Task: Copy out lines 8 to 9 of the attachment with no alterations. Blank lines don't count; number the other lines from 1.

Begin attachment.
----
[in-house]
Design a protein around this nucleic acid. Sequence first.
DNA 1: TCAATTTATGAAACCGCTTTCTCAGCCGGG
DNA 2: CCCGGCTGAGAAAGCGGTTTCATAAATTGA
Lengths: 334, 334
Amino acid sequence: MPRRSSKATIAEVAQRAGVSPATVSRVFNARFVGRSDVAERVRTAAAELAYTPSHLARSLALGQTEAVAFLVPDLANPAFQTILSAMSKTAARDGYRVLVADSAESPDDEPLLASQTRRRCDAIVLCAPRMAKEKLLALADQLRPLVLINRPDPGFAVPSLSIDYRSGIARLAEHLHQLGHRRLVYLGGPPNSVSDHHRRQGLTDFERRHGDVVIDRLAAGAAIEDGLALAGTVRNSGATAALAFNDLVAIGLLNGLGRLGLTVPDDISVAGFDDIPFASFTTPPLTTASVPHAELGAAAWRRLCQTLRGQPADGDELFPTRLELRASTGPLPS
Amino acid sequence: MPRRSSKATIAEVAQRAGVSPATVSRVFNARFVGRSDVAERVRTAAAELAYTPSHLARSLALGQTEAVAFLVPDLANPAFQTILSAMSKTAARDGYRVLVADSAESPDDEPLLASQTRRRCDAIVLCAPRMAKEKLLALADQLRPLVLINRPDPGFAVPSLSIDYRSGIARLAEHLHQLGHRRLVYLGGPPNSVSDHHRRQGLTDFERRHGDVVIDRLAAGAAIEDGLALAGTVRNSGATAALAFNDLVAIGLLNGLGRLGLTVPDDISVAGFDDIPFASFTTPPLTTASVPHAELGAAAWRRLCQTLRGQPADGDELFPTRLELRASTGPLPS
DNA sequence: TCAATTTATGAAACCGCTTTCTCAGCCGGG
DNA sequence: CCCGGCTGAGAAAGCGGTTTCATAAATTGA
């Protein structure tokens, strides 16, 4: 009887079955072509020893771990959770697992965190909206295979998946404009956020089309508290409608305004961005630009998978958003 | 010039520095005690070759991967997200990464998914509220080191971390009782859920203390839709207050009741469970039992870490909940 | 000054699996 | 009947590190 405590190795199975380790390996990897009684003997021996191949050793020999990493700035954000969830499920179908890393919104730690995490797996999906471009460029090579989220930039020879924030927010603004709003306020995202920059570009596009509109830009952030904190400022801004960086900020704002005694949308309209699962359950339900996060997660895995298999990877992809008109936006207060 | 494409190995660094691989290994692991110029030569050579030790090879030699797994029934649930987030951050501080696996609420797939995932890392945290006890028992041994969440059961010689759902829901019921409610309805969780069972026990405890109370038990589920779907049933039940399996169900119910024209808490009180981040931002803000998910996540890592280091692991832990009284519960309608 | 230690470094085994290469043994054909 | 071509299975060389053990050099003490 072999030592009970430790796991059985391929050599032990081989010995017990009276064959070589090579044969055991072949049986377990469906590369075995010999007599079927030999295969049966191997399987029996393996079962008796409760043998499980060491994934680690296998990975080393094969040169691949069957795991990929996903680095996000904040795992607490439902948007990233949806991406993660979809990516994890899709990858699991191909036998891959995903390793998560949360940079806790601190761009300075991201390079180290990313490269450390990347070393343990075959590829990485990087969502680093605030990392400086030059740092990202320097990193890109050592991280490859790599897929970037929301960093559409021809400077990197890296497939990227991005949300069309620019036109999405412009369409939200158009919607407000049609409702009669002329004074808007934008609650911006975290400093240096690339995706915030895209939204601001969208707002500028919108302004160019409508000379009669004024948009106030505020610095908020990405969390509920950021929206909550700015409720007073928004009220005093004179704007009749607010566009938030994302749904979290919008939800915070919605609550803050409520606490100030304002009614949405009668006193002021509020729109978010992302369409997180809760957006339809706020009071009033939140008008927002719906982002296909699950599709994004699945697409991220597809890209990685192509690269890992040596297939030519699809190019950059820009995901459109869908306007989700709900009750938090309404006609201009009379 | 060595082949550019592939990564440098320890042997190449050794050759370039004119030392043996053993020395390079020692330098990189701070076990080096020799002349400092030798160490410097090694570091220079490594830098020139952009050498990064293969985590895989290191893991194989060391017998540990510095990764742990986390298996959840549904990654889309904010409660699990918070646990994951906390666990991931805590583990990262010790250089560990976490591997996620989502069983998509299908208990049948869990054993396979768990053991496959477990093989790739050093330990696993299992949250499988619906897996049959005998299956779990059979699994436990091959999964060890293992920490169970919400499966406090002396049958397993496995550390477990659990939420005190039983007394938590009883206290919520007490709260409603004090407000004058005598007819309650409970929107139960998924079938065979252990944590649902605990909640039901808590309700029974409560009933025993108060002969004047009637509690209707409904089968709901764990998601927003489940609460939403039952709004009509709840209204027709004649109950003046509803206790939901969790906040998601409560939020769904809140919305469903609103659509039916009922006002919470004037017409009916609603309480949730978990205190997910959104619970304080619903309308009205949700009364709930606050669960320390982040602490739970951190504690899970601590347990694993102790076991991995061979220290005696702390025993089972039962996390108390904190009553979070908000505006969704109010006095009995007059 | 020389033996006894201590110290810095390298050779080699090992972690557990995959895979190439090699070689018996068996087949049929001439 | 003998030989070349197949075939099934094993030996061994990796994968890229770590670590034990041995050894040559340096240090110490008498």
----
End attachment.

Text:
DNA sequence: TCAATTTATGAAACCGCTTTCTCAGCCGGG
DNA sequence: CCCGGCTGAGAAAGCGGTTTCATAAATTGA